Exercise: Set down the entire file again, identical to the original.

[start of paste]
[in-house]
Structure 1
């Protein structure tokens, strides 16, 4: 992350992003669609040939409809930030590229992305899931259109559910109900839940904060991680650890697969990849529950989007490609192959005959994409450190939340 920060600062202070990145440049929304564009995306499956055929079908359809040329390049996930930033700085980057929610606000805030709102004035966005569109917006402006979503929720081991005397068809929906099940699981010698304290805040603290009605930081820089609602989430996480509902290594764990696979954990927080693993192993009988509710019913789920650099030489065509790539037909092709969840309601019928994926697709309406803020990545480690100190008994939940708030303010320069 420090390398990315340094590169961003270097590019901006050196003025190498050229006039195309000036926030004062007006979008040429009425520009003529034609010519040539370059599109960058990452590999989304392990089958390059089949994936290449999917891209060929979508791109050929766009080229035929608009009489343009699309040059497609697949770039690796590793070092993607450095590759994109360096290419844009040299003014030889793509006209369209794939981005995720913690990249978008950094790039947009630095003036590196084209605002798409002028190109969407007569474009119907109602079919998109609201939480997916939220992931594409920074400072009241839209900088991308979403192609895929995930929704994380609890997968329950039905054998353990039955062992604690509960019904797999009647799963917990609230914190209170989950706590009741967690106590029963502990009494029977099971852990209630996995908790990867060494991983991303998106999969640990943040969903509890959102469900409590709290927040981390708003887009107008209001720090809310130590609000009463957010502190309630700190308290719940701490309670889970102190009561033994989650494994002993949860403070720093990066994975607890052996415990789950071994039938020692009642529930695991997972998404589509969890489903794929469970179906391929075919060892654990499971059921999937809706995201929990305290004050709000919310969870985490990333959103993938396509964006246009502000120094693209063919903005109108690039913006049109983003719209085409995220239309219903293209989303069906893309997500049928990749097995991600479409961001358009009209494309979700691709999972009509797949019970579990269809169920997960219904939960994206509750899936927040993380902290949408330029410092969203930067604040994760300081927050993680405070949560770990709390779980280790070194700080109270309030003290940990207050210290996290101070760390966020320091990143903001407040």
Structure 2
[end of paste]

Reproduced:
[in-house]
Structure 1
């Protein structure tokens, strides 16, 4: 992350992003669609040939409809930030590229992305899931259109559910109900839940904060991680650890697969990849529950989007490609192959005959994409450190939340 920060600062202070990145440049929304564009995306499956055929079908359809040329390049996930930033700085980057929610606000805030709102004035966005569109917006402006979503929720081991005397068809929906099940699981010698304290805040603290009605930081820089609602989430996480509902290594764990696979954990927080693993192993009988509710019913789920650099030489065509790539037909092709969840309601019928994926697709309406803020990545480690100190008994939940708030303010320069 420090390398990315340094590169961003270097590019901006050196003025190498050229006039195309000036926030004062007006979008040429009425520009003529034609010519040539370059599109960058990452590999989304392990089958390059089949994936290449999917891209060929979508791109050929766009080229035929608009009489343009699309040059497609697949770039690796590793070092993607450095590759994109360096290419844009040299003014030889793509006209369209794939981005995720913690990249978008950094790039947009630095003036590196084209605002798409002028190109969407007569474009119907109602079919998109609201939480997916939220992931594409920074400072009241839209900088991308979403192609895929995930929704994380609890997968329950039905054998353990039955062992604690509960019904797999009647799963917990609230914190209170989950706590009741967690106590029963502990009494029977099971852990209630996995908790990867060494991983991303998106999969640990943040969903509890959102469900409590709290927040981390708003887009107008209001720090809310130590609000009463957010502190309630700190308290719940701490309670889970102190009561033994989650494994002993949860403070720093990066994975607890052996415990789950071994039938020692009642529930695991997972998404589509969890489903794929469970179906391929075919060892654990499971059921999937809706995201929990305290004050709000919310969870985490990333959103993938396509964006246009502000120094693209063919903005109108690039913006049109983003719209085409995220239309219903293209989303069906893309997500049928990749097995991600479409961001358009009209494309979700691709999972009509797949019970579990269809169920997960219904939960994206509750899936927040993380902290949408330029410092969203930067604040994760300081927050993680405070949560770990709390779980280790070194700080109270309030003290940990207050210290996290101070760390966020320091990143903001407040």
Structure 2